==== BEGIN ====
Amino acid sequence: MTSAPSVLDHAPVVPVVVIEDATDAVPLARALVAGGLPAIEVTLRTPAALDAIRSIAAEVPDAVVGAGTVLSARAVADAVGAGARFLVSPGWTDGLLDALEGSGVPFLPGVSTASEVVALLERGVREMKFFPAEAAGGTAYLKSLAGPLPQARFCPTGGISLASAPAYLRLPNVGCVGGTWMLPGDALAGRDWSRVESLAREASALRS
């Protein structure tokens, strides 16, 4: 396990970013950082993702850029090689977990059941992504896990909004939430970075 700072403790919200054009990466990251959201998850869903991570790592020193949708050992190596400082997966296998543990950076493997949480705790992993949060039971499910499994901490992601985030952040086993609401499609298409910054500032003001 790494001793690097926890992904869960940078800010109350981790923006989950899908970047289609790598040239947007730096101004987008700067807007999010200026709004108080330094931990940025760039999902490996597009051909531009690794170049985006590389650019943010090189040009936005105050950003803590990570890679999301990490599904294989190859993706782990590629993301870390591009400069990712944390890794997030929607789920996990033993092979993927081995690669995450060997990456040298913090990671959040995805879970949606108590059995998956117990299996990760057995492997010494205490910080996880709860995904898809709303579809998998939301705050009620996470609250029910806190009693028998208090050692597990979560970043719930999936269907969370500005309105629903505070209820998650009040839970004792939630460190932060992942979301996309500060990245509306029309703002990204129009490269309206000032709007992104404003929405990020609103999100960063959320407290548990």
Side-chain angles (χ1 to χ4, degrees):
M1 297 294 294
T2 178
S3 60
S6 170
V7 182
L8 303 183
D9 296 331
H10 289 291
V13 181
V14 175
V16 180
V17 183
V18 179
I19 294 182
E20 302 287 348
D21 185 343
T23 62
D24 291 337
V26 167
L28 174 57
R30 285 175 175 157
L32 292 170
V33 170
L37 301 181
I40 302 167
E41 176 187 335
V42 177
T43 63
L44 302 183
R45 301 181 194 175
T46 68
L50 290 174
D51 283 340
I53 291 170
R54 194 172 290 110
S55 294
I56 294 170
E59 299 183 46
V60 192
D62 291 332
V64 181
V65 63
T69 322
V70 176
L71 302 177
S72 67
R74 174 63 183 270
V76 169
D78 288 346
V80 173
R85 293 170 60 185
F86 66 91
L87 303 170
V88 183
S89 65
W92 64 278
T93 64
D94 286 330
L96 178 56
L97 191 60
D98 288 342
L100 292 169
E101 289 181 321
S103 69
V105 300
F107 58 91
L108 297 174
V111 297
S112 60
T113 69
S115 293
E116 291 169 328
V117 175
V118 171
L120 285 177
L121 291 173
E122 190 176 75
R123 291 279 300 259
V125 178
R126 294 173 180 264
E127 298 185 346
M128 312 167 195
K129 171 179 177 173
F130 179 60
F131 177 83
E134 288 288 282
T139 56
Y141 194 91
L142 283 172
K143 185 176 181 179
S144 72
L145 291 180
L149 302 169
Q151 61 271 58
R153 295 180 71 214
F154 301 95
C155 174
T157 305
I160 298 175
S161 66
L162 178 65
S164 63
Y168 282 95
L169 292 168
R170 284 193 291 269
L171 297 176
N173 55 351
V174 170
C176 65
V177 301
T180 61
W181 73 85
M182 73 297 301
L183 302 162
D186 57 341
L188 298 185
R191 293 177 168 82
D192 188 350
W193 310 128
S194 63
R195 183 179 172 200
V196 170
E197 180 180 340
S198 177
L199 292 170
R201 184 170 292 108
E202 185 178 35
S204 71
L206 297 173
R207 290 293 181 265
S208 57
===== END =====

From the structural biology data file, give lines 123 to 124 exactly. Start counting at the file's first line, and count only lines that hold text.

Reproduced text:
S194 63
R195 183 179 172 200